January 3, 2012


GOP Candidates Betray the Spirit of Reagan on Immigration : Instead of throwing money at more enforcement, the laws need changing. (Daniel Griswold, 1/03/12, National Review)

Conservatives should be friendly to immigration, and the first to seek expanded opportunities for legal immigration. Immigration has been integral to America's free and open economy. Immigrants embody the American spirit. They are self-starters seeking opportunity to support themselves and their families in the private sector.

Current immigration is driven largely by demand and supply. Immigrants come when there are jobs available that not enough Americans are able and willing to fill. That's why immigration rates, legal and illegal, tend to fall when the economy is struggling, and to pick up as the economy grows. Immigrants stimulate job creation for natives by promoting investment, creating new products and services, and increasing demand for housing and other goods. Immigration keeps America demographically healthy while other, less open Western nations struggle with declining workforces.

Study after study confirms that immigrants help to boost the productivity and incomes of native-born Americans. A 2009 Cato Institute study by Peter Dixon and Maureen Rimmer calculated that legalizing low-skilled immigration would boost the collective income of U.S. households by $180 billion per year. A new American Enterprise Institute study by Madeline Zavodny finds that an increase in visas for both high-skilled and less-skilled foreign-born workers actually creates a net increase in jobs for native-born workers.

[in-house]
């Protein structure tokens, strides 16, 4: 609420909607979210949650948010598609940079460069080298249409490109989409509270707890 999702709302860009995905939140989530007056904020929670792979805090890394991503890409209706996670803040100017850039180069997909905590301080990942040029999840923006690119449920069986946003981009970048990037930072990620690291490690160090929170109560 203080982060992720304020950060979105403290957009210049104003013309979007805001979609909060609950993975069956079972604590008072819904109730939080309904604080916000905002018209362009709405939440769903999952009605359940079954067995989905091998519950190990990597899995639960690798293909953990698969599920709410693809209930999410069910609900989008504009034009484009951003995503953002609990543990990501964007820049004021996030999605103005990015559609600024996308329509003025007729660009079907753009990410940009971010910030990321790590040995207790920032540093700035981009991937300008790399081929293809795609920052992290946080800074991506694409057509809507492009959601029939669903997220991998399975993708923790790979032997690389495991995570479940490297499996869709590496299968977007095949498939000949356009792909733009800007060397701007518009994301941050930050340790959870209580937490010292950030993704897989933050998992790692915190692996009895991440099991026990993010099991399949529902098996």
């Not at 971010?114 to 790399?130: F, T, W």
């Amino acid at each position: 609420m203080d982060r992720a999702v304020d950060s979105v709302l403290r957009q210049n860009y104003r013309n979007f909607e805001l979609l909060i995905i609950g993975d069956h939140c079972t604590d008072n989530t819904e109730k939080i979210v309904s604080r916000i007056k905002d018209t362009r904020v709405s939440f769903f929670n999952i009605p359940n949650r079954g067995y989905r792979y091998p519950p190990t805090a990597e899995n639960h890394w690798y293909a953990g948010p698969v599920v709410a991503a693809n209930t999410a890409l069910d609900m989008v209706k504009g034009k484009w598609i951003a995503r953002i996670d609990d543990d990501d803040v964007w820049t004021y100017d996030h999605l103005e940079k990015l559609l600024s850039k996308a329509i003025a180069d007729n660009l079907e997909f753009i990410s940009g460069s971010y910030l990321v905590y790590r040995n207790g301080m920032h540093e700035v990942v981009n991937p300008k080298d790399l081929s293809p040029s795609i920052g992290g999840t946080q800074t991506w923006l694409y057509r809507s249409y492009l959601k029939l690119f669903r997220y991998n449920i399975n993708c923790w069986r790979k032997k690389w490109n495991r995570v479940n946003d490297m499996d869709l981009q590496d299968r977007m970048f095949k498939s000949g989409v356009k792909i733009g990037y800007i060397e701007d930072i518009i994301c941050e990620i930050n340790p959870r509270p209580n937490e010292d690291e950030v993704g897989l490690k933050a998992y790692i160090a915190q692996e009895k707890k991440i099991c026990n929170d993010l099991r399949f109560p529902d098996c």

Contrary to fears stoked by talk radio, immigrants do not fuel an increase in crime. In fact, immigrants are less likely to commit crimes than their native counterparts. They are too busy working and don't want to jeopardize their residency in the United States by getting into trouble with law enforcement. That helps to explain why crime rates have been dropping for two decades in Arizona and across the country even as immigration rates have been rising.

If legal immigration were expanded, the kind of workers now sneaking across the border illegally would instead enter legally through established ports of entry. We know from the Bracero program in the 1950s that an increase in guest-worker visas led to a sharp drop in illegal traffic across the border. With far fewer workers entering illegally, the Border Patrol and local law-enforcement officers could concentrate their resources on apprehending real criminals.

Immigrants come to America to work, not to live off the welfare state. Their labor-force participation rates exceed those of native-born Americans

Posted by at January 3, 2012 2:22 PM

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